Keeping hearts happy all year round
This Valentine’s Day do something extra special for the ones you love. Book yourself a heart care health check. You’ll find that heart health monitoring is a matter of A, B, C.
Cardiovascular disease is the nation’s biggest killer and the leading cause of death worldwide, accounting for 17.9 million lives each year, 31% of all global deaths.
With undetected and poorly managed atrial fibrillation, high blood pressure and raised cholesterol – the A, B, C causes of cardiovascular disease – putting lives at risk, Public Health England and NHS England have announced the first ever national ambitions to improve detection and treatment rates.
These conditions often carry no symptoms, meaning millions of us are unaware that we are at risk. In England alone, there are currently over 5 million people living with undiagnosed high blood pressure.
The A-B-C conditions can be detected through routine checks and people aged 40 to 74 are being urged to get their free NHS Health Check.
Duncan Selbie, Chief Executive, Public Health England, advises: “Know your numbers and save your life. We know our PIN numbers but not the numbers that save our lives. Thousands of heart attacks and strokes can be prevented by more people knowing their blood pressure and cholesterol numbers and by seeking help early. Prevention is always better than cure.”
Describing the government’s commitment to helping to prevent heart attacks and strokes, Health Secretary Matt Hancock says: “Prevention is at the heart of our vision for improving the health of the nation, empowering people to stay healthy, not just treating them when they’re ill.”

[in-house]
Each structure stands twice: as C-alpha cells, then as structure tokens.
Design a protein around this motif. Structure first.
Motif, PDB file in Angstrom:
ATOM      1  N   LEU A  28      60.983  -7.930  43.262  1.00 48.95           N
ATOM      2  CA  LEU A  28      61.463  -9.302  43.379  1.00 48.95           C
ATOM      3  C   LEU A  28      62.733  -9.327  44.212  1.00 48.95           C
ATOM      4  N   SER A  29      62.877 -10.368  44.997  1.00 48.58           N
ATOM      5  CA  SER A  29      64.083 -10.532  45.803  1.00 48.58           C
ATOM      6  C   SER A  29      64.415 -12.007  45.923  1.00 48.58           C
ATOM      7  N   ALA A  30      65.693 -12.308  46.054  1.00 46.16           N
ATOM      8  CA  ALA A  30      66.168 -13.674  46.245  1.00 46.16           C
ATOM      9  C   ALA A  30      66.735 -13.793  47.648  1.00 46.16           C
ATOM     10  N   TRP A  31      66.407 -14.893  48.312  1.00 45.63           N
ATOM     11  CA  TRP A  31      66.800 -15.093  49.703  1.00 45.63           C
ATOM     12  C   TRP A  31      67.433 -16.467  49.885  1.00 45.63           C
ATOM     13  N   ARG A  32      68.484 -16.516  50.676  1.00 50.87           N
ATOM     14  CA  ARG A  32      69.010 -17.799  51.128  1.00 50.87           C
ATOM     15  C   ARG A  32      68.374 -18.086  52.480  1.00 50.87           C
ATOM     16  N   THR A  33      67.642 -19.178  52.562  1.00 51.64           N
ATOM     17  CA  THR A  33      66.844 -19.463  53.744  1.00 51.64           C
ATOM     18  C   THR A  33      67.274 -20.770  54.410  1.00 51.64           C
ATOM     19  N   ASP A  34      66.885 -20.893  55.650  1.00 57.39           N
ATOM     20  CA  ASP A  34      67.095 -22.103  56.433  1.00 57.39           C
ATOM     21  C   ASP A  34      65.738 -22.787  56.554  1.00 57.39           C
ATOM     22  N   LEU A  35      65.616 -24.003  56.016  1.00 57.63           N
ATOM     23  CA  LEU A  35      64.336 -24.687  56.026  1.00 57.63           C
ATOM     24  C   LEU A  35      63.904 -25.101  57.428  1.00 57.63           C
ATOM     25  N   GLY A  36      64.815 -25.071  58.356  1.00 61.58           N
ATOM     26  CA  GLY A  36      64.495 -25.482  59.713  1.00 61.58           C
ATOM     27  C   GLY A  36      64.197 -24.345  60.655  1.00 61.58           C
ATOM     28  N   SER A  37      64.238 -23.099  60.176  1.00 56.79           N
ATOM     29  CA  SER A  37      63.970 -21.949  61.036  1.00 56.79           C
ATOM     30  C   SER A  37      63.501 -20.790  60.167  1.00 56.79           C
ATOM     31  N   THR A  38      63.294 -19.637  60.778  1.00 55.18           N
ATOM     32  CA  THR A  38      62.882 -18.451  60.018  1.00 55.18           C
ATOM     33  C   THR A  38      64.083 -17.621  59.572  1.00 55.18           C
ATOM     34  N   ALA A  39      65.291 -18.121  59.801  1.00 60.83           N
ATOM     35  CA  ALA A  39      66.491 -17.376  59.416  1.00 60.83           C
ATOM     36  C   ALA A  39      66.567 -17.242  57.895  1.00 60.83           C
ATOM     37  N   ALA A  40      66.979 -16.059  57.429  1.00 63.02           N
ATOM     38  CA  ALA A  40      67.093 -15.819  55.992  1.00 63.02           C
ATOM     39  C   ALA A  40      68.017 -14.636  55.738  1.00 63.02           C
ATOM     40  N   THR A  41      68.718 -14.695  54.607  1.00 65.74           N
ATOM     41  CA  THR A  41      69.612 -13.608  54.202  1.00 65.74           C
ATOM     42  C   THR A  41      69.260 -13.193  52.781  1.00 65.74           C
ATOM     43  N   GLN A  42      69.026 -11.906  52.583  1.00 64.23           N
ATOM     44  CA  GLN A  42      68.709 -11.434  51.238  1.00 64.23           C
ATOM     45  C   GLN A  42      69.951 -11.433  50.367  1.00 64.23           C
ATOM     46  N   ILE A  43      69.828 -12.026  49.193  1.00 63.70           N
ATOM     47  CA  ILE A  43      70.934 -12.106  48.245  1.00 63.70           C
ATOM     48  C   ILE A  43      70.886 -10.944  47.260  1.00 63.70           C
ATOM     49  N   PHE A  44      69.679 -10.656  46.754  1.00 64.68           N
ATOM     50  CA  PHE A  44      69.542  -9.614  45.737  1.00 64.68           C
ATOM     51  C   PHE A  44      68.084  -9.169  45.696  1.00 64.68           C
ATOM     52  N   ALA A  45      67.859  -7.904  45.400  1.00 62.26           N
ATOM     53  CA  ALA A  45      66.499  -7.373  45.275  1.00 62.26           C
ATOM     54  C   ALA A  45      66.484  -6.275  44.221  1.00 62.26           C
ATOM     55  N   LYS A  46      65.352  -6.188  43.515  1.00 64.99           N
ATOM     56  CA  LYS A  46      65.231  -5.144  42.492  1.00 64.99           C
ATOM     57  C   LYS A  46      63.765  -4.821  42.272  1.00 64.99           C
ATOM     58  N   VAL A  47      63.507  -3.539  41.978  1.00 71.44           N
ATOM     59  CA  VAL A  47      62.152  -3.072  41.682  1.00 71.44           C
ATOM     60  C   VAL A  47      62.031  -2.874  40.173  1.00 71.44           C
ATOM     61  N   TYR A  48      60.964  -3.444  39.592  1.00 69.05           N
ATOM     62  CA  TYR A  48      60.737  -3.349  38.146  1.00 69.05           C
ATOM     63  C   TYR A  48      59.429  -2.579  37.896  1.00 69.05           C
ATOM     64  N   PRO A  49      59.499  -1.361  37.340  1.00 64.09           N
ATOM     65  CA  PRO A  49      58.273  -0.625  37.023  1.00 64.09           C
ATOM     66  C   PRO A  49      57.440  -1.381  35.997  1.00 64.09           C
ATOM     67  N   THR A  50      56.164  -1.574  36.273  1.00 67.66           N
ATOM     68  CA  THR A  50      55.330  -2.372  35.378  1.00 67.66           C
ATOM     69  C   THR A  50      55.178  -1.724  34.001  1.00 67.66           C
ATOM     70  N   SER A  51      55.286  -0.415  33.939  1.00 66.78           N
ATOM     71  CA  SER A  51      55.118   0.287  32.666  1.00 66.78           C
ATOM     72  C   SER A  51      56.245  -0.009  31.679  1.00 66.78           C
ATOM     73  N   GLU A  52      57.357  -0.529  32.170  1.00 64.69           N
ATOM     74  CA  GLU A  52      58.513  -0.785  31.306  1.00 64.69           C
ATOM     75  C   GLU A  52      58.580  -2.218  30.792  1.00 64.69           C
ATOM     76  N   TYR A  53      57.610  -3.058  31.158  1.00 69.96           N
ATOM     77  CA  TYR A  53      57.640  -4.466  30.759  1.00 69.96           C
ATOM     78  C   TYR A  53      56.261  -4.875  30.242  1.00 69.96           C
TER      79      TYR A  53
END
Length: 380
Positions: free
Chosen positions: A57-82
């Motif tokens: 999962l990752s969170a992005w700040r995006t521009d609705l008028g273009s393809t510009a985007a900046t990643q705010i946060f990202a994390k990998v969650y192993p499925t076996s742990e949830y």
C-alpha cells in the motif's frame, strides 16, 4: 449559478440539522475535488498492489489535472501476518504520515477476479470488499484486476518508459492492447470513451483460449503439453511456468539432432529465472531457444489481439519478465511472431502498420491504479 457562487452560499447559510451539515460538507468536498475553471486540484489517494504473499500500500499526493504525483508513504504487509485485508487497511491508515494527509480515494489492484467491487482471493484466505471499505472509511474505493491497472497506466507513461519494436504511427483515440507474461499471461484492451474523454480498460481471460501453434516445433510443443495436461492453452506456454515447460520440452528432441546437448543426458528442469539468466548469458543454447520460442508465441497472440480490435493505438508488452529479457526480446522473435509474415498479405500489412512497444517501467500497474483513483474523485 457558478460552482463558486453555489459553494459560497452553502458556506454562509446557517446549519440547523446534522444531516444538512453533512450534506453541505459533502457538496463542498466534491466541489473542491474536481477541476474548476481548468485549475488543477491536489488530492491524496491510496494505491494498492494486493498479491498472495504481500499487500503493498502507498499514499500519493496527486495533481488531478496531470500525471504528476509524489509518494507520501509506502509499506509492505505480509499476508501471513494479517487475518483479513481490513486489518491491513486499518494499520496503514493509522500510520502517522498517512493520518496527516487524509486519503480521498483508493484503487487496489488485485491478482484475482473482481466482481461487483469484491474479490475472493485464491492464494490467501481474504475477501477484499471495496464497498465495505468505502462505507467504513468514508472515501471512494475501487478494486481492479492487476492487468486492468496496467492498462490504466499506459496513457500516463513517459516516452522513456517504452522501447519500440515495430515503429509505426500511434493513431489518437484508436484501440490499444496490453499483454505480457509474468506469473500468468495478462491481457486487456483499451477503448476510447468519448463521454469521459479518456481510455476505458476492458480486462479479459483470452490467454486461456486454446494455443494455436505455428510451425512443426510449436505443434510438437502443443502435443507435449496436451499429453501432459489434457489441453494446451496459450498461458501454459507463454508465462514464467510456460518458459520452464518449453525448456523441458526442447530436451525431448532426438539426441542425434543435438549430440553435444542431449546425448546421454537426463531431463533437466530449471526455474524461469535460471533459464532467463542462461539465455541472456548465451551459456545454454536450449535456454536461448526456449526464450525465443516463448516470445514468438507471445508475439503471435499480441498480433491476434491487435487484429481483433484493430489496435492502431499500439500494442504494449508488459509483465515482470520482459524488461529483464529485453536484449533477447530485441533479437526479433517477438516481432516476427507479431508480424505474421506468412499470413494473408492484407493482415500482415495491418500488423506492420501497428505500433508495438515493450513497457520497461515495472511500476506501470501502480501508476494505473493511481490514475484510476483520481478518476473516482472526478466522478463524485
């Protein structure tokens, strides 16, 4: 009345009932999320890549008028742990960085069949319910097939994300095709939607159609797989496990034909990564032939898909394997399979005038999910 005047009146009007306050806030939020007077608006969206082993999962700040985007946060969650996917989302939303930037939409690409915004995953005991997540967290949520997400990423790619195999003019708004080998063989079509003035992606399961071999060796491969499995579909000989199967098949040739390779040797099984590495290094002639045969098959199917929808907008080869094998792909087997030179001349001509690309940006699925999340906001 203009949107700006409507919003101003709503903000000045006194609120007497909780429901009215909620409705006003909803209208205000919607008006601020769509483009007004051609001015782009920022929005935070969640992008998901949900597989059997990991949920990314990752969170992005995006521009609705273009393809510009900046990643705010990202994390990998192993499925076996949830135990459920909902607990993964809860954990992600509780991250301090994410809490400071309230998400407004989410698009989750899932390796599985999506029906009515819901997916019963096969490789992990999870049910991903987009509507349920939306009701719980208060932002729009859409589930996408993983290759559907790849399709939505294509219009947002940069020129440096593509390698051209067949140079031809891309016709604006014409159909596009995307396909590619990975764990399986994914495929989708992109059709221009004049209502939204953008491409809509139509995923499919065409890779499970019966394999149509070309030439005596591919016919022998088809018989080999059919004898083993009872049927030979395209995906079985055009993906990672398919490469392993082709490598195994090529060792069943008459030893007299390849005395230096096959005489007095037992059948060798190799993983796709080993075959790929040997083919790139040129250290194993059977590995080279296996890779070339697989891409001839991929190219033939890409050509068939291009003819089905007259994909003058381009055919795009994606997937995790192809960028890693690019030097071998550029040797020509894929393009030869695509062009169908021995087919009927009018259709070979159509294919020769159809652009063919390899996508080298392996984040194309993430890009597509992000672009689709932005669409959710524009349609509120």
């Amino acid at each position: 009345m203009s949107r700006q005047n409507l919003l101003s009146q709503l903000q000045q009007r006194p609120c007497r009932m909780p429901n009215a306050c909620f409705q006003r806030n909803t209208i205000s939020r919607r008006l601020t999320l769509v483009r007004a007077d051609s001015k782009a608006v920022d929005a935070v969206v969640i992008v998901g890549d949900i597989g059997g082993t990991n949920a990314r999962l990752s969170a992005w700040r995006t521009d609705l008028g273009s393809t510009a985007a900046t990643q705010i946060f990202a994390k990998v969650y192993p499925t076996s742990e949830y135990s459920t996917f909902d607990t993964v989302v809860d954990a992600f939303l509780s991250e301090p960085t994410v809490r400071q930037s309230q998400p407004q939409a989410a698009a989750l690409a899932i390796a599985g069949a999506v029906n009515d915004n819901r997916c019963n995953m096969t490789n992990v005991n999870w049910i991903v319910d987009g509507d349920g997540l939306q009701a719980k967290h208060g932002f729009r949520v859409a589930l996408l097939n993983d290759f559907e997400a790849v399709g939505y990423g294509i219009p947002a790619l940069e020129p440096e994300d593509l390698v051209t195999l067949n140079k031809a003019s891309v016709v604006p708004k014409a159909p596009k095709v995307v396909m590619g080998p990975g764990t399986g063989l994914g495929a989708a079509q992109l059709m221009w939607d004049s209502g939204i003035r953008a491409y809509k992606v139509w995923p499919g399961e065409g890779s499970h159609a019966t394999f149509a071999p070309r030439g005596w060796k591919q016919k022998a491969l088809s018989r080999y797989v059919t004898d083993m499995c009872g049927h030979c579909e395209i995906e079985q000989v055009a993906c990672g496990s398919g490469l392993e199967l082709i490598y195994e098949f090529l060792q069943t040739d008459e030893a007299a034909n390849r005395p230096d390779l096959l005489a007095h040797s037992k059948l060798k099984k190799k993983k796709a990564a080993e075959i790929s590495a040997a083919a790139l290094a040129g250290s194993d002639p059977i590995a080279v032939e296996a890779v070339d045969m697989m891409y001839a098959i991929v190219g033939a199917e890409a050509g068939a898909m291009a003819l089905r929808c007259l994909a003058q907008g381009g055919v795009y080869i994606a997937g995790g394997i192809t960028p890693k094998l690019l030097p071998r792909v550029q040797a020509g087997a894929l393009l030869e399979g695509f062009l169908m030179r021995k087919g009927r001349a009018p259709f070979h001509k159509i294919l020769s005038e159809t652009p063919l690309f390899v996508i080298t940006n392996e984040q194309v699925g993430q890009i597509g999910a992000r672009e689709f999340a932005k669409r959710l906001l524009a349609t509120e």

“Almost half of those with high blood pressure are going about their daily lives without it being detected or treated. Millions of people are needlessly at risk of heart attacks or strokes when it could be prevented. So I want to help more people to take the time out to protect their future health and get checked.”
“The NHS Long Term Plan has a target to prevent 150,000 heart attacks, strokes and cases of dementia within ten years. By coming together across the system to agree these ambitions we have set the goal posts for how we will achieve this target and continue our fight against the nation’s biggest killer.”
Take action to improve your heart health:
- If you’re aged between 40 and 74, take up your offer of a free NHS Health Check
- If you’re aged over 30, take the ‘Heart Age Test’ to find out more about the factors that affect your heart health
- Those under 30 can take the ‘How Are You’ quiz for easy tips on healthy living
- Everyone can find out about the different ways to maintain good cardiovascular health, such as eating well, staying active and cutting back on alcohol, with free advice available through Public Health England’s ‘OneYou’ campaign